Saturday, July 2, 2011

Stone Eagle

The last post on the addictive and coercive qualities of using "machines" in producing "art" was rather depressing for some reason.  So I want to cleanse the mental palette with a simple process watercolor example.  It was based on a photograph taken years ago in a cemetery, and was inspired by the idea that focus can be created with color temperature, and back lighting is an exciting option.

This is not a watercolor "how to" blog, so the basics are...  trace image in pencil on 140lb Arches cold pressed paper.  Wet and stretch onto a plywood board using gunned tape.  Let dry.   Using Winsor & Newton Designer Gouache and a good red sable brush (#3,7, & 10)... begin...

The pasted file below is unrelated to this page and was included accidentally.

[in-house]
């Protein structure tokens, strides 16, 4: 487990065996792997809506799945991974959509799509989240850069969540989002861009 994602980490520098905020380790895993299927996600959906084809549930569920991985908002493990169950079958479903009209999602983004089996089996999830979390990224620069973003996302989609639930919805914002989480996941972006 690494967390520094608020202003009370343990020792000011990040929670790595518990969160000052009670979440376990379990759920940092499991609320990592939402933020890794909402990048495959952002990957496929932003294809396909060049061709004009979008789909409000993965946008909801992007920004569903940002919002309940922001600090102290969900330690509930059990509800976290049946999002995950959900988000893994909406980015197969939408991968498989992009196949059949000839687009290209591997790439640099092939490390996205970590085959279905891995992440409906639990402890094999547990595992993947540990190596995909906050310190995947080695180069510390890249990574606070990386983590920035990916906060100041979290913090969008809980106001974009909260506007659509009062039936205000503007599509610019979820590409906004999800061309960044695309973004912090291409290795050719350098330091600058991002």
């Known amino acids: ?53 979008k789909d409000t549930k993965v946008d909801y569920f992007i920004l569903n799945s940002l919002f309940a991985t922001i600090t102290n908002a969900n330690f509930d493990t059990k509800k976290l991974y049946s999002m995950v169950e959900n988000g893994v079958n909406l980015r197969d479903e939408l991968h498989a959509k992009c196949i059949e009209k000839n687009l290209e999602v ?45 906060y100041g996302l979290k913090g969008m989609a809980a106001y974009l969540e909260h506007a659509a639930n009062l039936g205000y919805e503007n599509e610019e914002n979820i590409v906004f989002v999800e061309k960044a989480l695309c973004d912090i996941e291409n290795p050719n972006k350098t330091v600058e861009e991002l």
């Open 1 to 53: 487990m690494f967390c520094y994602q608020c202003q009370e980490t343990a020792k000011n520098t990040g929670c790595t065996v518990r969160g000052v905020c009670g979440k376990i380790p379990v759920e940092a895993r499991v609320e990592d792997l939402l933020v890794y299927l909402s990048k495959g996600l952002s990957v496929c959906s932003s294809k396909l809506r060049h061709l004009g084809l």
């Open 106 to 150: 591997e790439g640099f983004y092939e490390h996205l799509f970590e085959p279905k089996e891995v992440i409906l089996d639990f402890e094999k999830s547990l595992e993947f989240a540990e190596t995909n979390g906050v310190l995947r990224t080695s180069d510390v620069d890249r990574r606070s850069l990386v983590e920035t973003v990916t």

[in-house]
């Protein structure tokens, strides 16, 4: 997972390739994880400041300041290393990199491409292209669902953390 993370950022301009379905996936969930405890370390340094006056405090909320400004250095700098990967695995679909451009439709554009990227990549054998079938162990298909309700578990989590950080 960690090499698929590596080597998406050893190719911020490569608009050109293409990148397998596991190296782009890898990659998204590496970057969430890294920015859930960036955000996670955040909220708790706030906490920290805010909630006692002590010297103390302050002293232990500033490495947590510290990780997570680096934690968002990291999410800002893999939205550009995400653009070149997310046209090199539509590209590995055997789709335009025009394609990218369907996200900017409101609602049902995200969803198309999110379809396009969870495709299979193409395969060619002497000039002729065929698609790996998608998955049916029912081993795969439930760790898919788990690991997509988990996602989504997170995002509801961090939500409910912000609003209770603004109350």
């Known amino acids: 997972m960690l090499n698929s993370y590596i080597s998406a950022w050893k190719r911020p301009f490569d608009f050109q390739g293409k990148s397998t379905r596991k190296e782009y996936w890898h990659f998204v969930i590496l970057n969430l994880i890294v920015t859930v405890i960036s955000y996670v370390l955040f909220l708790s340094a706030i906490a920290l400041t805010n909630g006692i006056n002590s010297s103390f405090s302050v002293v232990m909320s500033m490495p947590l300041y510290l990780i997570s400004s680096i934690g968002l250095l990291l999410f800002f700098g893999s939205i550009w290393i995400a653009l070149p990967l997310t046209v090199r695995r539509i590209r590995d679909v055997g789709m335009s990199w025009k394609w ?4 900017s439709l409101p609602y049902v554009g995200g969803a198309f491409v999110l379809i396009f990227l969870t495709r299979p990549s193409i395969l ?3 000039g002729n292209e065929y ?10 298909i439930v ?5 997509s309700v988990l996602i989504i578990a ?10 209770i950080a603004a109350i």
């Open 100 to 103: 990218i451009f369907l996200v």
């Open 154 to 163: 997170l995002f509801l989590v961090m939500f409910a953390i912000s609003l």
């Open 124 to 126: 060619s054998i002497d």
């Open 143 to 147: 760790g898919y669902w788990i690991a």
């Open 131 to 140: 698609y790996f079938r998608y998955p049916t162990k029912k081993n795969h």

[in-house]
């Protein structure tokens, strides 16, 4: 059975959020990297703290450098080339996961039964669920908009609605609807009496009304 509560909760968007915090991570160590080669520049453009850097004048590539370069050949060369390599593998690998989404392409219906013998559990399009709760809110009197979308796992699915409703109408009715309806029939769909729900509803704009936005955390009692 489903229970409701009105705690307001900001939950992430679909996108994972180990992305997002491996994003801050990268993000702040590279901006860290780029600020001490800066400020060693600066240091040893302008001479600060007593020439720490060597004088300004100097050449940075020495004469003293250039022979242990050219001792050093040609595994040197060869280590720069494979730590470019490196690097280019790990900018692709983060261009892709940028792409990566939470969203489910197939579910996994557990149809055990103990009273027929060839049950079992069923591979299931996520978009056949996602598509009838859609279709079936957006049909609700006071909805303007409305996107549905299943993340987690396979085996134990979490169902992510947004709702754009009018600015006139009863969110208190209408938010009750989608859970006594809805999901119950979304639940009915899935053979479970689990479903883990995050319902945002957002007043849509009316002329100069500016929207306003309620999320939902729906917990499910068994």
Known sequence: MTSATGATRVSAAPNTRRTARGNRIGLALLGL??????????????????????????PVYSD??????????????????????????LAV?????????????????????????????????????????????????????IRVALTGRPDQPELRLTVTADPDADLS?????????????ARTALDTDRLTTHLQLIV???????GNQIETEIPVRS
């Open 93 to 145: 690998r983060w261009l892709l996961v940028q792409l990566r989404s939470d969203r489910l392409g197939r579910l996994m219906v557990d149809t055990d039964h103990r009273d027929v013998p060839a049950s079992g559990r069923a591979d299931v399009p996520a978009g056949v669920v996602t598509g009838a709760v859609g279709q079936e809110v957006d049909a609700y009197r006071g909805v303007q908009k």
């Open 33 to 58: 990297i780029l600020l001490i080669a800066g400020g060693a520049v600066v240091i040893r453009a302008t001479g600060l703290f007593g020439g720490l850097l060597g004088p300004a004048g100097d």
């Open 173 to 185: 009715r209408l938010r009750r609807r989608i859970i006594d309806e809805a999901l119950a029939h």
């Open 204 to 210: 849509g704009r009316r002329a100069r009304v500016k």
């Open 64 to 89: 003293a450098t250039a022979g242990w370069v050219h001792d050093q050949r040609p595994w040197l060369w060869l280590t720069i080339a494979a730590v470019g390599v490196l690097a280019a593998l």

The first wash was aimed at setting the background, and starting the general shading of the back-lit sculpture.

 The Second wash brings the sculpture into a cool tone to contrast with the warm background.  Detailing is started when the wash is dry.

Final washes on the body to define the shapes, accent the contrast, and vary the cool base with some warmth from the background.  Then, final detailing.

Not a big deal, but a nice example of subtle color and value at work.  Maybe something I can apply to an architectural rendering one of these days.

Art without discipline is onanism; discipline without art is boring.

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